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Genes, deafness, and balance disorders

Item Type:Review
Title:Genes, deafness, and balance disorders
Creators Name:Siemens, J. and Littlewood-Evans, A. and Senften, M. and Mueller, U.
Abstract:The mammalian auditory sense organ is subdivided into three principle compartments, the outer-, middle- and inner ear. The main task of the outer- and middle ear is to channel sound waves towards the cochlea within the inner ear. The inner ear also contains the vestibule, the end organ for the perception of gravity and acceleration. Hair cells within the sensory epithelia of the cochlea and the vestibule contain stereocilia that harbor mechanically gated ion channels. These ion channels open or close upon deflection of the stereocilia leading to changes in cell polarization and the rate of neurotransmitter release from hair cells onto sensory neurons. In this way, mechanical signals evoked by sound waves or head movement are transformed into electrochemical signals. The positional cloning of human disease genes and the analysis of mouse mutants has led to the identification of numerous genes that cause deafness and balance disorders. These findings provide insights into the molecular and cellular requirements for mechanosensory transduction and establish an entry point to understand deafness at the molecular level. We will summarize results that have shed light on the function of extracellular matrix glycoproteins, cell adhesion molecules, and components of the actin cytoskeleton in the inner ear.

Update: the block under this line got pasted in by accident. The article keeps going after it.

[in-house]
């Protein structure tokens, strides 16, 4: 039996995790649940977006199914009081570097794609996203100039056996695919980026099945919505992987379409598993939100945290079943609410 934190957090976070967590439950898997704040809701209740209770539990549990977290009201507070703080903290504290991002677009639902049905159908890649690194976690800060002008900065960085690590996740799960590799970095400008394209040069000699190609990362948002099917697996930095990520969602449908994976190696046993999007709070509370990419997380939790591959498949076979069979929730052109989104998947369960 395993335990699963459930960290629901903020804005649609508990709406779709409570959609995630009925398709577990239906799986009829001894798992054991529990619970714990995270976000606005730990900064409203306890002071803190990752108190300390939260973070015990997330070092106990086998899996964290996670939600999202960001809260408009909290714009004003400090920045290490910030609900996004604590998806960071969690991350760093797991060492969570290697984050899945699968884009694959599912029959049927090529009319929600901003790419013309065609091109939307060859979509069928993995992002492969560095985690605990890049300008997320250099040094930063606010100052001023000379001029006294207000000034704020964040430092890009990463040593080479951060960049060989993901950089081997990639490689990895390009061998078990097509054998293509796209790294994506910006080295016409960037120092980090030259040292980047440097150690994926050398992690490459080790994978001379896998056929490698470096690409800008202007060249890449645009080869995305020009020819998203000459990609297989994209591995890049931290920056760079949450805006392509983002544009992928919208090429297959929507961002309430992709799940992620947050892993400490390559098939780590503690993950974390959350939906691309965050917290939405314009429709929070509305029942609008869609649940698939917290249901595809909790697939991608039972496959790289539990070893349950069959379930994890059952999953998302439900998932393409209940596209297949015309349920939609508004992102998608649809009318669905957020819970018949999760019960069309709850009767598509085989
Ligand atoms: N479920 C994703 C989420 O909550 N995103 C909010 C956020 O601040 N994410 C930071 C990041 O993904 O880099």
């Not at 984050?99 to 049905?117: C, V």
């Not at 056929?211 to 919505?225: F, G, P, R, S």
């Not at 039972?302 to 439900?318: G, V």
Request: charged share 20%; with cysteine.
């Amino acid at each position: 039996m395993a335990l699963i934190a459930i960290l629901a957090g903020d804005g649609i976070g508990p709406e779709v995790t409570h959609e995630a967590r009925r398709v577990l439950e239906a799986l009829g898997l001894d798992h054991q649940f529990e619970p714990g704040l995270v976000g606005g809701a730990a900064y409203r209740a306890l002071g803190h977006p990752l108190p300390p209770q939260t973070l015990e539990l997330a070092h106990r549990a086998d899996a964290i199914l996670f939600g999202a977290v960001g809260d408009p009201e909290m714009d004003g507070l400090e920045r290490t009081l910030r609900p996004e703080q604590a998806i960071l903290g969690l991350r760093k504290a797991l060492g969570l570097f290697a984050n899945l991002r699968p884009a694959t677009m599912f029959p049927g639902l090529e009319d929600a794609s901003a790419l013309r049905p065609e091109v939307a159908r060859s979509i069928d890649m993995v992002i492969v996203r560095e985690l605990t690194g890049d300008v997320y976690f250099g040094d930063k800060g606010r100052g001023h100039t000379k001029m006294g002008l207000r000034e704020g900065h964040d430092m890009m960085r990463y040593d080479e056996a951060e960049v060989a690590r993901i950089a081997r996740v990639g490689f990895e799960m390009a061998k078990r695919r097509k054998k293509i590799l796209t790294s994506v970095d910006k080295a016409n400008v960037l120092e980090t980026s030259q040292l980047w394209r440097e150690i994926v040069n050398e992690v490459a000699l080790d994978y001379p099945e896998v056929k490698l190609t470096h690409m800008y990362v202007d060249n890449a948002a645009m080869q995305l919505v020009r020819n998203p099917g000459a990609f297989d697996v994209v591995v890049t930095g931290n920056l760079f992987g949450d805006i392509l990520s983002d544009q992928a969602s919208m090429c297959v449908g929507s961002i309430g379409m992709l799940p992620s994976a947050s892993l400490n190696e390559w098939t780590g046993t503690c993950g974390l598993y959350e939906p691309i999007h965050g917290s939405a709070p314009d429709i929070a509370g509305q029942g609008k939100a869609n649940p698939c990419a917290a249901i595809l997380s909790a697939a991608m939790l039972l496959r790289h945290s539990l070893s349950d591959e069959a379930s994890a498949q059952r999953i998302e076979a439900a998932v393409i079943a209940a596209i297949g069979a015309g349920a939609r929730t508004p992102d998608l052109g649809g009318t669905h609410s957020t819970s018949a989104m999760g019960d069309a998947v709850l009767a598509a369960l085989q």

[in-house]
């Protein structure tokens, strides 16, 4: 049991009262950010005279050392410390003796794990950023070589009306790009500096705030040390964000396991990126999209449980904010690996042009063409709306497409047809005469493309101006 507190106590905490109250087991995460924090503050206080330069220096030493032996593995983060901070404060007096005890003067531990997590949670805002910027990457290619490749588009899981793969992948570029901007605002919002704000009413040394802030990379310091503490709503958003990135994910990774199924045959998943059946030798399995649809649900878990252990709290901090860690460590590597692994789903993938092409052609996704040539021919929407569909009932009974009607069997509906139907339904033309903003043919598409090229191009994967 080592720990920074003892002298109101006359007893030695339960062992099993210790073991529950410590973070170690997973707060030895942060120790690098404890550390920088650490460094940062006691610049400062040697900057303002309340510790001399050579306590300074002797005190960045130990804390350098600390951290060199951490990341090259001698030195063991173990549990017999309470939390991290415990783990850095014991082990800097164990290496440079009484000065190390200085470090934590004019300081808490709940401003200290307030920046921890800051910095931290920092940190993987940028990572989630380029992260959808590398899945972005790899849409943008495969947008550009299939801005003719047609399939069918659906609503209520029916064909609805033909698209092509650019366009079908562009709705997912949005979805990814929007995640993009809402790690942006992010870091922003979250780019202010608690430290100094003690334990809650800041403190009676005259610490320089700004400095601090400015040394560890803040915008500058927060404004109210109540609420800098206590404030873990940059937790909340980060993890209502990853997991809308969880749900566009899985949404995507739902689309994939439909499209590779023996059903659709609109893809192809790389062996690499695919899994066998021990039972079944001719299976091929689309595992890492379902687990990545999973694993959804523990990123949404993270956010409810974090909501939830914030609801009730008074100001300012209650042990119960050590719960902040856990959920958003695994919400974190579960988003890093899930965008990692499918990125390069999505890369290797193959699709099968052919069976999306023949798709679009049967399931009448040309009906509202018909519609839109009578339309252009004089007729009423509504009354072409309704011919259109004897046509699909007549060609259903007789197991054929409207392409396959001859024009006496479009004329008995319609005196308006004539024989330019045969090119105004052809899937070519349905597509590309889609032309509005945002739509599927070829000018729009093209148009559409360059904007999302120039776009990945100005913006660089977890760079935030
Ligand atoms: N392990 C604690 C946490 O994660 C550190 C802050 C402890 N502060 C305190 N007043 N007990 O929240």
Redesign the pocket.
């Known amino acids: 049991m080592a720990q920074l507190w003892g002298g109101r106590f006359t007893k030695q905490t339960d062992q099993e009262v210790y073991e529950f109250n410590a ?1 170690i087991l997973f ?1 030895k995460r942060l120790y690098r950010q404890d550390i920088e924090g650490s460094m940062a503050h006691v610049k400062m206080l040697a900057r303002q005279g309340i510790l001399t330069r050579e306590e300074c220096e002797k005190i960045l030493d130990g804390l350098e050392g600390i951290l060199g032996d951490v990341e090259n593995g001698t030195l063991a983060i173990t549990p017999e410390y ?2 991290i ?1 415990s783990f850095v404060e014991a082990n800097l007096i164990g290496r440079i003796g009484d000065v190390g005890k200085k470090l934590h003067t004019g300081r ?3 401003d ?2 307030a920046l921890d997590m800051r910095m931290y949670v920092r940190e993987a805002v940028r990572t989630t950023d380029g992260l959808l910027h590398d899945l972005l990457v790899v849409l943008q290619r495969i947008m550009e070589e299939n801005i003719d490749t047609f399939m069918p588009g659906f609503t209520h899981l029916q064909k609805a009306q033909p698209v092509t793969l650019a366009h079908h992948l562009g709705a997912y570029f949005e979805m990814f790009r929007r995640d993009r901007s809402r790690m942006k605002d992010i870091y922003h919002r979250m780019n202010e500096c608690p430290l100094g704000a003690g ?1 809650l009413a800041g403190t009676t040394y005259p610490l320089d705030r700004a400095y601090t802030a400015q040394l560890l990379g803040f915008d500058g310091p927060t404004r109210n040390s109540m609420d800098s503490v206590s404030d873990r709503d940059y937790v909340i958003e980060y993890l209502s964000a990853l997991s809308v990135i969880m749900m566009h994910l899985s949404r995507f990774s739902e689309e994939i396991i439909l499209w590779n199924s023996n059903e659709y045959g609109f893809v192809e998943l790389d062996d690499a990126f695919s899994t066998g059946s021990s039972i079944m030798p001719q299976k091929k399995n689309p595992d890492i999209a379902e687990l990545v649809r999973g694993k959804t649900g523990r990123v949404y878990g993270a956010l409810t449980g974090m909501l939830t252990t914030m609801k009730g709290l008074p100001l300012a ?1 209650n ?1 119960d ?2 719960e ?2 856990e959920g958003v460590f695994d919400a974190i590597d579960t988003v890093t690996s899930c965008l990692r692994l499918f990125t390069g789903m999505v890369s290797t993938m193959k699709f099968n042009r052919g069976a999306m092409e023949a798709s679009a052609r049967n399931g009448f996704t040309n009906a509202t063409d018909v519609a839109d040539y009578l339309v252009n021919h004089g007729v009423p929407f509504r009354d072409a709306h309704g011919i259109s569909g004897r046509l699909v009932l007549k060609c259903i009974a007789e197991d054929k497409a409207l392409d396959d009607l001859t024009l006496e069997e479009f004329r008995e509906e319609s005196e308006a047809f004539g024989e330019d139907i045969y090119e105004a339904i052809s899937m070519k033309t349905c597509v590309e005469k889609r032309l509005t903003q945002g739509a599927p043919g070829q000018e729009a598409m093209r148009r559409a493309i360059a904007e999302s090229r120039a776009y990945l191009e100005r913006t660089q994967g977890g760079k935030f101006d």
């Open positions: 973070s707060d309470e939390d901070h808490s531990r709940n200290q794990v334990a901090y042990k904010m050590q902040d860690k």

Keywords:Deafness, Extracellular Matrix, Integrin, Cadherin, Myosin Motor
Source:Gene Function and Disease
Page Range:76-82
Date:2 October 2001
Official Publication:https://doi.org/10.1002/1438-826X(200110)2:2/3<76::AID-GNFD76>3.0.CO;2-G

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